Fourth-Quarter Surge Lifts Multifamily Investment Sales to New Record In 2015
Continued Investor Demand Expected to Keep U.S. Apt. Sales Strong in 2016, Though at More Moderate Pace. Activity of Foreign Buyers Could Be a ‘Wild Card’
By Randyl Drummer
Ending 2015 with the strongest quarter for multifamily investment sales on record, investors poured $150.6 billion into apartment properties in 2015, shattering the total set the previous year by about 16%, according to preliminary apartment sales data for the year compiled by CoStar.
The $47.3 billion in apartment sales for the fourth quarter of 2015 far exceeds the previous quarterly record of just under $38.4 billion set in 2014. It also qualifies as the highest quarterly sales total for all commercial property types since 2007, when Blackstone Group’s $39 billion buyout of the Equity Office Properties office portfolio and other mammoth trades produced a quarterly average of more than $50 billion in office investment sales.
The sales totals reflect CoStar transaction data for all 2015 apartment sales collected through Jan. 11.
Very high pricing for apartment properties in many markets, a slowdown in lease up of newly built properties and downturn in apartment rents over the last three months of 2015 may cause sales to moderate somewhat this year.
“In general, we are more conservative with our projections for 2016,” Vaisman said. “While 2015 was another record year for apartment volume, the annual growth rate has been slowing,” said Ethan Vaisman, real estate economist for CoStar Portfolio Strategy.
JLL ‘s preliminary sales research for 2015 confirmed the highest apartment sales volume on record, with analysts for the global real estate services provider predicting more of the same in 2016, albeit at a moderated growth pace of between 5% and 10%.
JLL expects the apartment sales story to be much the same in 2016, with an influx in foreign buyers playing a larger role in purchases.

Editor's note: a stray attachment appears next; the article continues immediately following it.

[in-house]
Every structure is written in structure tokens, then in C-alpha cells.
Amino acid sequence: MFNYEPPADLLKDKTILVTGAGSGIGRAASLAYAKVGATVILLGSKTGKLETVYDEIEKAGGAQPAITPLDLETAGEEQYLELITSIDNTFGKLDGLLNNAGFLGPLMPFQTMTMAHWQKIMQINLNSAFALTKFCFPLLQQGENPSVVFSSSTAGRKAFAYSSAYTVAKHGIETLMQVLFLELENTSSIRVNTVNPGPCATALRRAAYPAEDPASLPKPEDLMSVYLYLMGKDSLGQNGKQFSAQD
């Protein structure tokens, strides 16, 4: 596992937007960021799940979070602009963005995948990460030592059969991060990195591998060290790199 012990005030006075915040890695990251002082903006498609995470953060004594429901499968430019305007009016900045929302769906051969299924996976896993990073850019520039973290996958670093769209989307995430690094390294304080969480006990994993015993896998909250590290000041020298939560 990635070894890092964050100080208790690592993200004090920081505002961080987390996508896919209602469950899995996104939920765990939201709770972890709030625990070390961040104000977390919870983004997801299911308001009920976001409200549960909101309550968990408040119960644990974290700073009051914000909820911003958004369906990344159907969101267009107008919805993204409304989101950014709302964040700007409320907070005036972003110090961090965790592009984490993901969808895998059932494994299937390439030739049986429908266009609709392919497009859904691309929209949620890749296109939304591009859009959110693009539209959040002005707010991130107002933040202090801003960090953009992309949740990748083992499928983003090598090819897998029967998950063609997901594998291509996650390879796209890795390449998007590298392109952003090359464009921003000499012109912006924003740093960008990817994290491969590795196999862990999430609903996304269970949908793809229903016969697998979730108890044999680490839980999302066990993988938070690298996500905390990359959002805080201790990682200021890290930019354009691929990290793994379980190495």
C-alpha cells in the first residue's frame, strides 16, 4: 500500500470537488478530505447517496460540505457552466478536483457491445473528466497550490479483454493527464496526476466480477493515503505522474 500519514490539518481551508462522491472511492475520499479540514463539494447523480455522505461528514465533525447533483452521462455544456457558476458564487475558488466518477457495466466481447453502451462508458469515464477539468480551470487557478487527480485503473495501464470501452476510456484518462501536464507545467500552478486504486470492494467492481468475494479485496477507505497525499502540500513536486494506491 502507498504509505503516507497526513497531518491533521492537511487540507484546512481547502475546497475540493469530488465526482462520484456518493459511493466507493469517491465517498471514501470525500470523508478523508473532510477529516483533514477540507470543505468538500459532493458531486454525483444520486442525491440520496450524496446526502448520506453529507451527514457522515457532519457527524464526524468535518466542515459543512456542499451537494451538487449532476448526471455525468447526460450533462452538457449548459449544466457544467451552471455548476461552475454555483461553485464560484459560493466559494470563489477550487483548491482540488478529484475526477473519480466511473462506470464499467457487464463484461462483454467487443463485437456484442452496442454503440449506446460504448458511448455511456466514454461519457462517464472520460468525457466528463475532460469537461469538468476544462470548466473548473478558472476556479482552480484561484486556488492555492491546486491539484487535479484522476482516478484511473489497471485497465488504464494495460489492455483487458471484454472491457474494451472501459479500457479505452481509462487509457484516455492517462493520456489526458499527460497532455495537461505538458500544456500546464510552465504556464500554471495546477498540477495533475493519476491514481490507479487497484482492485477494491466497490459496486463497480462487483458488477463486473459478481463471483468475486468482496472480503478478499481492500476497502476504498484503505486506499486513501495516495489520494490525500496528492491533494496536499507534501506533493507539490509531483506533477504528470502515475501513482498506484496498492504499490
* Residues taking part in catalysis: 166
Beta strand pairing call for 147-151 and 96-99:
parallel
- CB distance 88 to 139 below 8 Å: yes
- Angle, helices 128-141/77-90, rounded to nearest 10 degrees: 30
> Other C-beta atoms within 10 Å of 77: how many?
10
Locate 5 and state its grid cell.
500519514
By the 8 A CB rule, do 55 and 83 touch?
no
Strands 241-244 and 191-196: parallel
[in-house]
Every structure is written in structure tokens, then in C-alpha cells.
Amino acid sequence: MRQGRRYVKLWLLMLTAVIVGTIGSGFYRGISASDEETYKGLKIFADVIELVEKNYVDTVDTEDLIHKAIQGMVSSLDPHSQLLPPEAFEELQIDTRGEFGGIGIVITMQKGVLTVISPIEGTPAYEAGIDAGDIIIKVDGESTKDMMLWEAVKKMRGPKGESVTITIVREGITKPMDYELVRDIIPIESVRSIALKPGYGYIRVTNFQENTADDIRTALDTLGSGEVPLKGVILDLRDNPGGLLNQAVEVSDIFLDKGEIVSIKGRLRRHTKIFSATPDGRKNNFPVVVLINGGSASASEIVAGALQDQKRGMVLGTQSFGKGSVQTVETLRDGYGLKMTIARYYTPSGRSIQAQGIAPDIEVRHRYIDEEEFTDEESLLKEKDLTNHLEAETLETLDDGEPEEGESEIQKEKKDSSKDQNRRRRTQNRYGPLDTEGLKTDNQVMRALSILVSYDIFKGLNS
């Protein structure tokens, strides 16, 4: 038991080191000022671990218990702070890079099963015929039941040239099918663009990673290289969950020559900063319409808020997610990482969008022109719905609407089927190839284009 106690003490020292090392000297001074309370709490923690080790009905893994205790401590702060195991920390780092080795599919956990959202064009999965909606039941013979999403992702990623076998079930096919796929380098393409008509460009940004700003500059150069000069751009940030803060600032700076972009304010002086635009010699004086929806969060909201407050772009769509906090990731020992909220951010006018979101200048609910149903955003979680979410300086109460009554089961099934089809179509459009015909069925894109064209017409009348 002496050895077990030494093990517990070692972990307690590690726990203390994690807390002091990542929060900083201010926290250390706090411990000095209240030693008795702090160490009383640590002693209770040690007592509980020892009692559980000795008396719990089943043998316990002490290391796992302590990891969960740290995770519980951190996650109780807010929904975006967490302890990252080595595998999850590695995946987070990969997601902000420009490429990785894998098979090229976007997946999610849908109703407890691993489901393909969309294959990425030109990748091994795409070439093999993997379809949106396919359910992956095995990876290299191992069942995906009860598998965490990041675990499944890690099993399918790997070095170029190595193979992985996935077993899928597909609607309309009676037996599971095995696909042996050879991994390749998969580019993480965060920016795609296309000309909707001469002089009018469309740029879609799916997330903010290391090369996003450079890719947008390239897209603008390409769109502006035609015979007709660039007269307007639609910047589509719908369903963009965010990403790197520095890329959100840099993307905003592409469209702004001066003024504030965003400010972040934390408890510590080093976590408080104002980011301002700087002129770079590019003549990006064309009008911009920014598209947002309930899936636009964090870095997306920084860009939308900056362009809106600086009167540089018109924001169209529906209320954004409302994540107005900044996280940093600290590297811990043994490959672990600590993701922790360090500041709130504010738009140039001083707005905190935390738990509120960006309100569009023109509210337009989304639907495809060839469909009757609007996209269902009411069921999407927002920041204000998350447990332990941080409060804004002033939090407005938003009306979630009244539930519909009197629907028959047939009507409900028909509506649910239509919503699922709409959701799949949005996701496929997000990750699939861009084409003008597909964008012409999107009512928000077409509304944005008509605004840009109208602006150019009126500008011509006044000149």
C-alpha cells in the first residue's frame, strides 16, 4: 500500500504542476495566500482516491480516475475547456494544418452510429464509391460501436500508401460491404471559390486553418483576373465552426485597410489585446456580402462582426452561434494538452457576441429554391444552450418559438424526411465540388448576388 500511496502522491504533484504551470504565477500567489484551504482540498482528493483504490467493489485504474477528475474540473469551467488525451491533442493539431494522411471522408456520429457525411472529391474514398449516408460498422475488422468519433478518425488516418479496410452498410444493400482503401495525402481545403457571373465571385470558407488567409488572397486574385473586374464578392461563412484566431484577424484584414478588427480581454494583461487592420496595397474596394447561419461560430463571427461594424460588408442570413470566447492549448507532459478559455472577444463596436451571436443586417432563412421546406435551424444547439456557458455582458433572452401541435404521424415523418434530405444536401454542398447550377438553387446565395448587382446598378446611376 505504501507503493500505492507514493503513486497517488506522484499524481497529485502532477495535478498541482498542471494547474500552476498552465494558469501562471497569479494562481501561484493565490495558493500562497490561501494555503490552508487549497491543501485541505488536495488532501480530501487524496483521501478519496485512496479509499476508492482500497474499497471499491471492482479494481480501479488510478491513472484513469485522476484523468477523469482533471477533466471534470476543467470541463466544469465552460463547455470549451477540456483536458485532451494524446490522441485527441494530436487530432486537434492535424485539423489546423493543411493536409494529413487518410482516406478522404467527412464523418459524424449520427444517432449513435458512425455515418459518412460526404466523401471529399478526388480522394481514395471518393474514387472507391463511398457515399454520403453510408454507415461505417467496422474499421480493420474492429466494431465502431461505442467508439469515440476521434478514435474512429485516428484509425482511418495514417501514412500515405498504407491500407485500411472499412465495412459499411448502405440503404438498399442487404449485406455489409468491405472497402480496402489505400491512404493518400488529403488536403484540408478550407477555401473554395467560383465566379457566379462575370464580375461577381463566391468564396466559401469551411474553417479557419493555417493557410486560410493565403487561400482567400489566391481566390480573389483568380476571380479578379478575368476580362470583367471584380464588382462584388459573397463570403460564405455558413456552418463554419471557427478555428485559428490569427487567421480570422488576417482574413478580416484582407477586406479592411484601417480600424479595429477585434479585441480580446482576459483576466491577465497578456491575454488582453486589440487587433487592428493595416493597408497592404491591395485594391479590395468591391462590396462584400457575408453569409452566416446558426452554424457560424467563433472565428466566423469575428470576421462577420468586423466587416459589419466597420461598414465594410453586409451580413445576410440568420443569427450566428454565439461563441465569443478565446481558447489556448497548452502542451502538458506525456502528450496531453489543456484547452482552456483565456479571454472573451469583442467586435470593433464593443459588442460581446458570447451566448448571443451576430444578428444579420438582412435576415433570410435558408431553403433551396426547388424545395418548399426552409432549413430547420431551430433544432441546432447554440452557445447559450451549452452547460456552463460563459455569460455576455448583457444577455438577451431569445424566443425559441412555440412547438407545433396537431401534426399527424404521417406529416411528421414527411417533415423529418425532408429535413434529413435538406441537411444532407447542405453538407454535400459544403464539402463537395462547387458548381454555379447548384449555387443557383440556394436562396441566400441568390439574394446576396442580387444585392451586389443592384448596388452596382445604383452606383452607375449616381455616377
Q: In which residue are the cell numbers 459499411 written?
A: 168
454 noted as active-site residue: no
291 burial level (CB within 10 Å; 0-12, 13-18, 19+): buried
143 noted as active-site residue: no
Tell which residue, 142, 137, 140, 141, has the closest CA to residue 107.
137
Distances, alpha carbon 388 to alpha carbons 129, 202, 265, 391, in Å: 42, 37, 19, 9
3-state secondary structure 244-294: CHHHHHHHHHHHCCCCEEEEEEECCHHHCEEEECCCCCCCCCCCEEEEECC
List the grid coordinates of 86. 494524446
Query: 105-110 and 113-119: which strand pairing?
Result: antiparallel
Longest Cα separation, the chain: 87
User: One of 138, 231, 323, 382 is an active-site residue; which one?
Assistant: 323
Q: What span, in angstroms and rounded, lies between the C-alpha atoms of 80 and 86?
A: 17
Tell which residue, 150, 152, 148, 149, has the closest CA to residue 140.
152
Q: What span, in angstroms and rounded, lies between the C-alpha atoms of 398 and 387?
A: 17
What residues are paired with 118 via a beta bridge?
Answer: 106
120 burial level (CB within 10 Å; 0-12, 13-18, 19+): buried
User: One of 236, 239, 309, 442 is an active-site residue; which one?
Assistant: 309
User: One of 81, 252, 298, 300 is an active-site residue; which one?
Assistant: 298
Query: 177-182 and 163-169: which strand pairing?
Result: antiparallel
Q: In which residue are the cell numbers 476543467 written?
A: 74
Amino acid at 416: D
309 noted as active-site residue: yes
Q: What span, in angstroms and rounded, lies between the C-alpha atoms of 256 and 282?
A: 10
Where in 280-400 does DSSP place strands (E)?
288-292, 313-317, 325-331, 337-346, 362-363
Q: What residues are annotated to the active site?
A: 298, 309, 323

“While institutional investors made up the majority of buyers in 2015, we expect foreign dollars to be the wild card in the year ahead,” said David Williams, international director and leader of JLL’s Multifamily Capital Markets team. Williams expects previously lagging cross-border investment into the apartment sector will increase in 2016, providing a boost to multifamily sales volume and pricing.
JLL noted a series of factors converged in 2015 to pump up sales volume, ranging from large portfolio deals such as Lone Star’s $6.8 billion acquisition of Home Properties, Inc., to above-average rents hikes seen across many U.S. apartment markets.
Increased liquidity also played a big part in boosting multifamily sales, fueled by a surge in loan origination volume through third-quarter 2015 from Fannie Mae, Freddie Mac as well as accelerated lending by banks and conduits. JLL believes the extremely liquid lending enviornment will continue to support apartment sales in 2016.
Buyers and sellers of multifamily property will both certainly keep a cautious eye on rent growth in coming months. While apartment rents driven by rising occupany posted phenomenal gains in the first half of 2015, U.S. rent growth lagged in the second half, according to recent CoStar analysis.
The Federal Reserve’s recent interest rate increase is also expected to become a bigger factor for apartment buyers and sellers in 2016, according to Christine Espenshade, managing director with JLL’s Multifamily Capital Markets.
“In theory, prices should come down due to the Fed’s recent increase in rates, but multifamily net operating incomes are continuing to rise, so that may not play out as expected,” said Espenshade. “We may see some bumps in the road over the next couple of months, but well-capitalized owners both foreign and domestic should do very well and push volumes to the upper limits yet again.”
Editor’s note:This story has been corrected to restate that foreign buyers will play a larger role in sales this year, rather than replace institutional investors as the top apartment buying group.